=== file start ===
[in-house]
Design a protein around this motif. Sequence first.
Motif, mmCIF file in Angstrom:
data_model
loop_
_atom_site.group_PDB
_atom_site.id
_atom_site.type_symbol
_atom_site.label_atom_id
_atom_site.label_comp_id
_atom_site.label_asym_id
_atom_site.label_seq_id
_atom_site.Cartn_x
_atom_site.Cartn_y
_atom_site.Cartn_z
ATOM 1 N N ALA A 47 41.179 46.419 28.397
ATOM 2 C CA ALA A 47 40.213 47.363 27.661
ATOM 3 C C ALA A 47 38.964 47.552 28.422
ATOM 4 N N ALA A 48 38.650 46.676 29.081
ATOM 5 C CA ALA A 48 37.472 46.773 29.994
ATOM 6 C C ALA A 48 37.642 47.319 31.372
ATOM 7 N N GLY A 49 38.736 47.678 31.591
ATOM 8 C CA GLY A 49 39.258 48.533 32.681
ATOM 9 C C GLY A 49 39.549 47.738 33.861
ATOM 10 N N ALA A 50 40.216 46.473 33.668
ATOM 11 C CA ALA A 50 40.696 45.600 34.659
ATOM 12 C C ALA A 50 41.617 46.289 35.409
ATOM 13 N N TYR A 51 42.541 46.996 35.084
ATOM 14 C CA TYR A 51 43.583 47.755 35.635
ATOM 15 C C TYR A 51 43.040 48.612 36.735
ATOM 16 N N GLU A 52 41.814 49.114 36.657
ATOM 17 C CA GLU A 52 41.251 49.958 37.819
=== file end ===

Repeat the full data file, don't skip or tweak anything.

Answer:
[in-house]
Design a protein around this motif. Sequence first.
Motif, mmCIF file in Angstrom:
data_model
loop_
_atom_site.group_PDB
_atom_site.id
_atom_site.type_symbol
_atom_site.label_atom_id
_atom_site.label_comp_id
_atom_site.label_asym_id
_atom_site.label_seq_id
_atom_site.Cartn_x
_atom_site.Cartn_y
_atom_site.Cartn_z
ATOM 1 N N ALA A 47 41.179 46.419 28.397
ATOM 2 C CA ALA A 47 40.213 47.363 27.661
ATOM 3 C C ALA A 47 38.964 47.552 28.422
ATOM 4 N N ALA A 48 38.650 46.676 29.081
ATOM 5 C CA ALA A 48 37.472 46.773 29.994
ATOM 6 C C ALA A 48 37.642 47.319 31.372
ATOM 7 N N GLY A 49 38.736 47.678 31.591
ATOM 8 C CA GLY A 49 39.258 48.533 32.681
ATOM 9 C C GLY A 49 39.549 47.738 33.861
ATOM 10 N N ALA A 50 40.216 46.473 33.668
ATOM 11 C CA ALA A 50 40.696 45.600 34.659
ATOM 12 C C ALA A 50 41.617 46.289 35.409
ATOM 13 N N TYR A 51 42.541 46.996 35.084
ATOM 14 C CA TYR A 51 43.583 47.755 35.635
ATOM 15 C C TYR A 51 43.040 48.612 36.735
ATOM 16 N N GLU A 52 41.814 49.114 36.657
ATOM 17 C CA GLU A 52 41.251 49.958 37.819